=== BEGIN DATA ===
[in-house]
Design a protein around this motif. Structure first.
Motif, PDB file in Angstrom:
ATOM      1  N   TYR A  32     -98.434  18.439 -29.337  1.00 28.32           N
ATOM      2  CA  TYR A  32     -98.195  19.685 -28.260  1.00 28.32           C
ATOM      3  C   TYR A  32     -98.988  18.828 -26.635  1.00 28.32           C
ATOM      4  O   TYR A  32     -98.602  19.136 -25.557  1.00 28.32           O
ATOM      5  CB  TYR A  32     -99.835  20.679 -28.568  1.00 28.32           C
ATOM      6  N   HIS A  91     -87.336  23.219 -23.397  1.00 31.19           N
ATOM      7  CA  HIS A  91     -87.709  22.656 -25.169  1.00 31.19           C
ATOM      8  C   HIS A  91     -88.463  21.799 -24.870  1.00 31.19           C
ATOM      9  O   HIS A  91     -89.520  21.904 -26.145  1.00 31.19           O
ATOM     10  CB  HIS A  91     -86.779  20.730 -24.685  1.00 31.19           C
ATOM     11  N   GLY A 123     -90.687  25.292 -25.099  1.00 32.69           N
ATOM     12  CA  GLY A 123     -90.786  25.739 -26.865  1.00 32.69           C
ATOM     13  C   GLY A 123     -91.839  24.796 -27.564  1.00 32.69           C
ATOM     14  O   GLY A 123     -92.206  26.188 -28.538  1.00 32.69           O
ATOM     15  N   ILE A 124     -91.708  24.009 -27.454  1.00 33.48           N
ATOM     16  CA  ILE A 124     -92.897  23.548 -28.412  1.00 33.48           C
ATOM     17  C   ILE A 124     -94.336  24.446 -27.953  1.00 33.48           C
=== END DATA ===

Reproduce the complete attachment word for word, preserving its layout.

[in-house]
Design a protein around this motif. Structure first.
Motif, PDB file in Angstrom:
ATOM      1  N   TYR A  32     -98.434  18.439 -29.337  1.00 28.32           N
ATOM      2  CA  TYR A  32     -98.195  19.685 -28.260  1.00 28.32           C
ATOM      3  C   TYR A  32     -98.988  18.828 -26.635  1.00 28.32           C
ATOM      4  O   TYR A  32     -98.602  19.136 -25.557  1.00 28.32           O
ATOM      5  CB  TYR A  32     -99.835  20.679 -28.568  1.00 28.32           C
ATOM      6  N   HIS A  91     -87.336  23.219 -23.397  1.00 31.19           N
ATOM      7  CA  HIS A  91     -87.709  22.656 -25.169  1.00 31.19           C
ATOM      8  C   HIS A  91     -88.463  21.799 -24.870  1.00 31.19           C
ATOM      9  O   HIS A  91     -89.520  21.904 -26.145  1.00 31.19           O
ATOM     10  CB  HIS A  91     -86.779  20.730 -24.685  1.00 31.19           C
ATOM     11  N   GLY A 123     -90.687  25.292 -25.099  1.00 32.69           N
ATOM     12  CA  GLY A 123     -90.786  25.739 -26.865  1.00 32.69           C
ATOM     13  C   GLY A 123     -91.839  24.796 -27.564  1.00 32.69           C
ATOM     14  O   GLY A 123     -92.206  26.188 -28.538  1.00 32.69           O
ATOM     15  N   ILE A 124     -91.708  24.009 -27.454  1.00 33.48           N
ATOM     16  CA  ILE A 124     -92.897  23.548 -28.412  1.00 33.48           C
ATOM     17  C   ILE A 124     -94.336  24.446 -27.953  1.00 33.48           C